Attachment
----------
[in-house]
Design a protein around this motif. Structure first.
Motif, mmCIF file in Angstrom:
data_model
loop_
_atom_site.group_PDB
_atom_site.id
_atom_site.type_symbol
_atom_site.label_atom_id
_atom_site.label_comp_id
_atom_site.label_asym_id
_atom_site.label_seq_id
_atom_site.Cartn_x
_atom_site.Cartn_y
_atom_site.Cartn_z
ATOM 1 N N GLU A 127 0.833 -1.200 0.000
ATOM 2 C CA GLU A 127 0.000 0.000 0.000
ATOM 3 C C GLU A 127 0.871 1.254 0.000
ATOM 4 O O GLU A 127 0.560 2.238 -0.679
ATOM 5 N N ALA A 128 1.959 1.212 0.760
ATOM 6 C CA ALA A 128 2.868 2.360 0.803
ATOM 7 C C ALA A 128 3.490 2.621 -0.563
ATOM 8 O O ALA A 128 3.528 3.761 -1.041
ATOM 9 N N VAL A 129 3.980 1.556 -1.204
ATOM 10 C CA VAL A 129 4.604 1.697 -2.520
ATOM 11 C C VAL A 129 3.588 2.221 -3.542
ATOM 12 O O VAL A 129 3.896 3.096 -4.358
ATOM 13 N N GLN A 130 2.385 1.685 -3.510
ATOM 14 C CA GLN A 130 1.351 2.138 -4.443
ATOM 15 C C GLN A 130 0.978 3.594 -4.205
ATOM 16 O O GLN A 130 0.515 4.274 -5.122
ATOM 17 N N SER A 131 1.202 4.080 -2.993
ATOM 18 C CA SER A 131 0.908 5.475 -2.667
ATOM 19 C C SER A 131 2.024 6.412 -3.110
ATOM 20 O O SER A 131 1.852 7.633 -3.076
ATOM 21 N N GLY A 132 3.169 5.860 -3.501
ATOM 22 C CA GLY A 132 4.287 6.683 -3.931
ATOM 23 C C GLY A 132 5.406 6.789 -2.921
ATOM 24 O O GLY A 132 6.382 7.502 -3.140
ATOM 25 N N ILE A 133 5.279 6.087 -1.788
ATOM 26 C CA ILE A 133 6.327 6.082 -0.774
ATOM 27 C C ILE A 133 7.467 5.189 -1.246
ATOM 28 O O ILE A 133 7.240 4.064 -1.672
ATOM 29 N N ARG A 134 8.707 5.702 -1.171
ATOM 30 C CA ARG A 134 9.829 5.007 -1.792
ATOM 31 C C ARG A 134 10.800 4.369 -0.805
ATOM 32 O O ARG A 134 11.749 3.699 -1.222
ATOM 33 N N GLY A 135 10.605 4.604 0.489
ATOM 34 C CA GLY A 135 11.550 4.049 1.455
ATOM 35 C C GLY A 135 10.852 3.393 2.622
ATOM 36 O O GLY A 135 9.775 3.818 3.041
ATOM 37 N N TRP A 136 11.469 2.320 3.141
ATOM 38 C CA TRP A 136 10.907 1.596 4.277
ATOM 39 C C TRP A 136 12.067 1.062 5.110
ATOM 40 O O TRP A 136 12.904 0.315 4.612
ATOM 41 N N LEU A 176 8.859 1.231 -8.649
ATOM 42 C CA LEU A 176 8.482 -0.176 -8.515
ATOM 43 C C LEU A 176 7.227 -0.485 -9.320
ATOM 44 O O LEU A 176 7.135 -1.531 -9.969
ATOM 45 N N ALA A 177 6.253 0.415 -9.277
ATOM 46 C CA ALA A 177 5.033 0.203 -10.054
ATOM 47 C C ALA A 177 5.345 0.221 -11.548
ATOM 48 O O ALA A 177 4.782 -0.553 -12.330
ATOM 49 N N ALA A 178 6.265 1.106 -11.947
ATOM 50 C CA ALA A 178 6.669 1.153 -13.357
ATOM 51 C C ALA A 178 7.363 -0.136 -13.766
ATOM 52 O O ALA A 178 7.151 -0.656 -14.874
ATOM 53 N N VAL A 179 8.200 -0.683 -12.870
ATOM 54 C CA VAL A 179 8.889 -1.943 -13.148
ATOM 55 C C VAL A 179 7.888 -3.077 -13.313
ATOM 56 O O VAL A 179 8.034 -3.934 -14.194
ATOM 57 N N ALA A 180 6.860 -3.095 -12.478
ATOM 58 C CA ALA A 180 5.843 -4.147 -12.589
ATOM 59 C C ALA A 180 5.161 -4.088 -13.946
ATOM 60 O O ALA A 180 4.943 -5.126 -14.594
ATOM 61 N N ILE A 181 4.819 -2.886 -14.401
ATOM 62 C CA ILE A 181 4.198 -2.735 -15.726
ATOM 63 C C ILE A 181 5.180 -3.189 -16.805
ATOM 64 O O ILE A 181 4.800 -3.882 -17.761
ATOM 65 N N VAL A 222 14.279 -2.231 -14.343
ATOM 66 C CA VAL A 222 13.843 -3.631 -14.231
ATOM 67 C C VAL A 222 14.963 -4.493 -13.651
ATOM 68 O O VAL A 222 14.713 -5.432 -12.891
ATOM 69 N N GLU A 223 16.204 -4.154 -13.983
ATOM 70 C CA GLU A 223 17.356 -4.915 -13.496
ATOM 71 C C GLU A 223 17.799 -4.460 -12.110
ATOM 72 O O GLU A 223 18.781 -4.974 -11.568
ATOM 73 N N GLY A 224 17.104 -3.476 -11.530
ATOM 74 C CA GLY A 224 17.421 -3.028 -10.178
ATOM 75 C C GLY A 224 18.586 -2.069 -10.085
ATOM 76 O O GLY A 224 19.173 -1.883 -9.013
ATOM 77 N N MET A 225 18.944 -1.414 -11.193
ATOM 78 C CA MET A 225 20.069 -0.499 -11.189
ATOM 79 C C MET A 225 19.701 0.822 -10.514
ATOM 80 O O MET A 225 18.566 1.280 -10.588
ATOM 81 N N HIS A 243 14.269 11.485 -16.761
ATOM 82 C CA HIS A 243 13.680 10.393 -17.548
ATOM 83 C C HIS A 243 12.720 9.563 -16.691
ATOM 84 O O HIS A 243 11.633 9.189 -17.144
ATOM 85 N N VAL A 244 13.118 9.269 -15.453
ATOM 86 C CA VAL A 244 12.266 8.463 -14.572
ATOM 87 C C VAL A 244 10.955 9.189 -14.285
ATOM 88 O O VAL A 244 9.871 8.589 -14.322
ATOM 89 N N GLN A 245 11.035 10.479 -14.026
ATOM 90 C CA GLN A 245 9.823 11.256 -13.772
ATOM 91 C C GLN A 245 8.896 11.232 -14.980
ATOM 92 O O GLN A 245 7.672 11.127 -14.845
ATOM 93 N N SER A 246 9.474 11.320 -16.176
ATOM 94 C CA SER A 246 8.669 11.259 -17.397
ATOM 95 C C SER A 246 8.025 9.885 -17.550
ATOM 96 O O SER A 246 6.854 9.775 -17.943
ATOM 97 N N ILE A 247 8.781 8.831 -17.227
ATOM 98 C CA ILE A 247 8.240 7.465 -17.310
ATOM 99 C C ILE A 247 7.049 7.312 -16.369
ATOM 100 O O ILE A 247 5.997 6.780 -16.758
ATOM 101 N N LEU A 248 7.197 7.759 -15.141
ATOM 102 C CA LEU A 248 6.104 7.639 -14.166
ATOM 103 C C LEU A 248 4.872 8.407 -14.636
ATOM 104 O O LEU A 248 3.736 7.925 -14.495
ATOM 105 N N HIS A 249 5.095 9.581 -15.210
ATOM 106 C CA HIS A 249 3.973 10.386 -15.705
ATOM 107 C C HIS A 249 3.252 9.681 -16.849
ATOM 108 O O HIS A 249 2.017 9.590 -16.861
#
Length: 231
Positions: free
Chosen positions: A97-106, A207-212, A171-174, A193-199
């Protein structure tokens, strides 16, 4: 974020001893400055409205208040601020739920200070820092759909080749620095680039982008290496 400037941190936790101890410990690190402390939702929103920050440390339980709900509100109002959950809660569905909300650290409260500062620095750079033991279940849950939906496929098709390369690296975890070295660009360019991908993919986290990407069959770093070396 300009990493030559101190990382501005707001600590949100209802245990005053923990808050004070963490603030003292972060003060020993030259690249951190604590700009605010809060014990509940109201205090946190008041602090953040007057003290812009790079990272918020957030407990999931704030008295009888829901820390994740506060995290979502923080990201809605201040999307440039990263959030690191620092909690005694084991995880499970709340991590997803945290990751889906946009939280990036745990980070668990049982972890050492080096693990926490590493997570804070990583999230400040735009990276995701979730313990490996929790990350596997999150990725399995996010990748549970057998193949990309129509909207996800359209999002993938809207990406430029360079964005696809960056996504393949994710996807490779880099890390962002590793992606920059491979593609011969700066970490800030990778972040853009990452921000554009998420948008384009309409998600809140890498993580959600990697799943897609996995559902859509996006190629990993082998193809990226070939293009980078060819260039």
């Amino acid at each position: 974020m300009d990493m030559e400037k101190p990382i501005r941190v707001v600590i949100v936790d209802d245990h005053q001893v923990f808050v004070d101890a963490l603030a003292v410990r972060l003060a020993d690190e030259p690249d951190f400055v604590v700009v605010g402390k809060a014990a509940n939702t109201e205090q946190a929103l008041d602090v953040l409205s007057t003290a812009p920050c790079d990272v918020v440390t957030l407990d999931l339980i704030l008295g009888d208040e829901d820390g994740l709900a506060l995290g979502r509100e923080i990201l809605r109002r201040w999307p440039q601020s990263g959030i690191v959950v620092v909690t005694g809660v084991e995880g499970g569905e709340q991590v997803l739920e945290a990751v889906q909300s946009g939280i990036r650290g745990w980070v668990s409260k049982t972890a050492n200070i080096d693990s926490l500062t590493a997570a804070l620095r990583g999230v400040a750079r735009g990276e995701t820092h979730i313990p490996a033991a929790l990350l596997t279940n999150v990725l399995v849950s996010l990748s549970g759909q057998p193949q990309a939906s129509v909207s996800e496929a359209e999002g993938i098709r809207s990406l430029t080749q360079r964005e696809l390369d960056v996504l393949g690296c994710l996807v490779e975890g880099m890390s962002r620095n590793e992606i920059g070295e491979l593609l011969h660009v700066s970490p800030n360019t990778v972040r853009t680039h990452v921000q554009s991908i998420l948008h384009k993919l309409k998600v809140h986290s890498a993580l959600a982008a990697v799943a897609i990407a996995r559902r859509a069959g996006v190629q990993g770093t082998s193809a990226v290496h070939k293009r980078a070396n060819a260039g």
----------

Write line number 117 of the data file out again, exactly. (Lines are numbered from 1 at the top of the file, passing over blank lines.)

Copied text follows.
ATOM 102 C CA LEU A 248 6.104 7.639 -14.166